5 of the Best Strategies for Reducing Minimum Distribution Requirements

5 of the Best Strategies for Reducing Minimum Distribution Requirements

If you’re looking to invest in tax-advantaged accounts, it is important to know that you will be forced by the government to begin withdrawing funds once you reach age 70 1/2.

The required minimum distribution depends on multiple factors, including the amount within the account and overall age. Helpfully, there are worksheets to help you figure out the required minimum distribution for your accounts, which is important to know when it comes to budgeting and planning for taxes.

Often, these minimum requirements force people to take more money out of their accounts than they would like. However, should you fail to follow the rules, a 50 percent penalty will be placed on the amount that should have been withdrawn, so it is important to make sure that enough funds are being taken out each year.

Rather than avoiding withdrawals, you can take steps to reduce your required minimum distributions, such as the following:

1. Invest in a Roth IRA.

Only traditional IRAs are subject to required minimum distributions, as the government expects a certain amount of taxes to be paid. Because you pay the taxes on a Roth IRA upfront and then make tax-free withdrawals, these accounts do not have the same requirements, which makes them a great option for saving for retirement.

You should know that a Roth 401(k) does have required minimum distributions despite being funded in a similar way to Roth IRAs. However, you can roll a Roth 401(k) into a Roth IRA to avoid this issue.

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Roth IRAs do not always make sense for everyone. Generally, individuals who believe that they will be in the same or perhaps a lower tax bracket now than when they retire should consider this sort of account. People who will be in a lower tax bracket once they retire benefit more from tax-deferred accounts. It is an important balancing act deciding between these two types of accounts. Individuals typically lose a smaller percentage of their income by taking minimum distributions than if they used a Roth IRA as a primary account.

2. Take early distributions.

When you withdraw money from your retirement accounts prior to the age of 70 1/2, you will have a lower overall account balance, which means that the required minimum distribution will go down.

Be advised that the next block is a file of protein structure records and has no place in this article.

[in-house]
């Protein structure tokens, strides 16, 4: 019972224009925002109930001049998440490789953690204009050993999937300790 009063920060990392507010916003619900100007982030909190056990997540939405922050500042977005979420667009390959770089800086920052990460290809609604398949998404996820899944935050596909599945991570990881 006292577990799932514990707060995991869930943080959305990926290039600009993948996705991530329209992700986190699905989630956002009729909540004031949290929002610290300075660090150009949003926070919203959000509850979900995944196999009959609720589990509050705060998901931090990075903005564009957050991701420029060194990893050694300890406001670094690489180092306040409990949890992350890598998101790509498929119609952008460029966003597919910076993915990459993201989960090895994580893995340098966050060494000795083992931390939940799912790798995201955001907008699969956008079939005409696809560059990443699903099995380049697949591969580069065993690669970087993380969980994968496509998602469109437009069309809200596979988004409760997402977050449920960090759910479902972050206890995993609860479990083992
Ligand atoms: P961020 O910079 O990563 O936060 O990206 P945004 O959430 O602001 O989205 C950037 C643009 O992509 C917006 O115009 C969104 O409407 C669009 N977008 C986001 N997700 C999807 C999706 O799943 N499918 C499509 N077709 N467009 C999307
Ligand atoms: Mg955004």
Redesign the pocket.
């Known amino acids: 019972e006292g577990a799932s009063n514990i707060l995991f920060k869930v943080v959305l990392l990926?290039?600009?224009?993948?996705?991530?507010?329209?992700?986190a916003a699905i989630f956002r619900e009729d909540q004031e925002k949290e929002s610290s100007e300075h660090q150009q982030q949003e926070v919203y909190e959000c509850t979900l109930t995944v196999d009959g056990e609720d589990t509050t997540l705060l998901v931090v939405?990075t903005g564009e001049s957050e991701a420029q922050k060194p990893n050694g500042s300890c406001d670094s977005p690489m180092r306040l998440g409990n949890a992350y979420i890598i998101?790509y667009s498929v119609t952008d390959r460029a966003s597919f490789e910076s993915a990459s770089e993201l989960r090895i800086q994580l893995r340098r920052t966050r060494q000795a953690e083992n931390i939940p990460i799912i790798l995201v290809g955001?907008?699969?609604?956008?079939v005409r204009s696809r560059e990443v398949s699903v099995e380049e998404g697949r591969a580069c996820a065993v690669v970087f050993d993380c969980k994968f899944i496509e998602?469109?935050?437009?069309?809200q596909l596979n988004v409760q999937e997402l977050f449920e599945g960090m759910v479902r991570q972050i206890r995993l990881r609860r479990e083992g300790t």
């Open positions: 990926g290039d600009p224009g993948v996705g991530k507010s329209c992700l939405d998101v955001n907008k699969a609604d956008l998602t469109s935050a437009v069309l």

Prior to the age of required distributions, you can withdraw at your own pace, so it is fine to take larger chunks, or even smaller chunks, during this time period. Doing this provides greater control over how much you pay in taxes in a given year, as you can keep yourself in a lower tax bracket.

If you notice that you are approaching the top of a tax bracket, you can avoid surpassing that number by relying on pre-taxed sources of income, such as a Roth account, to get through the remainder of the year. In addition, it is possible to convert some of the tax-deferred income into a Roth account to keep this option open for the future.

3. Open an HSA.  

A health savings accounts (HSA) is not always considered a retirement account, but it can be one of the best places for saving some cash. Contributions to an HSA reduce taxable income in a given year and, provided that you use the money for qualified health expenses, you will not pay taxes on it, even upon withdrawal.

Money from an HSA can go toward a variety of medical expenses, from provider bills to health products. You can also use the money for non-medical purposes, although you will need to pay taxes in this case, and if you are under the age of 65, you will incur a 20 percent penalty.

In many ways, an HSA resembles a traditional IRA with some added benefits. You invest the money in the account and let it grow over time. However, there are no required minimum distributions put on these accounts, so you can leave the money in it indefinitely.

At the same time, only certain people can open and contribute to an HSA, including those with a high-deductible health insurance plan, meaning a deductible of at least $1,400 for an individual or $2,800 for a family.

4. Keep working longer.

If you continue to work past the age of 70 1/2, you do not need to take required minimum contributions from your retirement accounts (provided that you do not own more than 5 percent of the company where you work). In this case, required minimum distributions kick in once you retire.

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Importantly, the minimum may be quite high at this point since the balance in these accounts is likely to be higher after additional years spent working, although that is not the case if you have used the funds.

Working does not stall minimum required distributions from all accounts. If you have a traditional, SIMPLE, or SEP IRA, you will need to take money from your accounts even if you meet the criteria listed above. If you do not have an IRA or only have a Roth IRA, you will not need to worry about any required distributions.

5. Donate distributions to charity.

You can also reduce your tax bill by contributing required minimum distributions to charitable causes. The IRS currently allows up to $100,000 in charitable donations from an IRA each year. When you donate to a qualifying tax-exempt organization, your donations are tax deductible, which can help lessen a tax burden.

Importantly, you should always keep records of the donation, whether that is a credit card or banking statement, along with a signed acknowledgment from the organization itself. This paperwork does not need to be submitted with taxes, but it could become important in the event of an audit.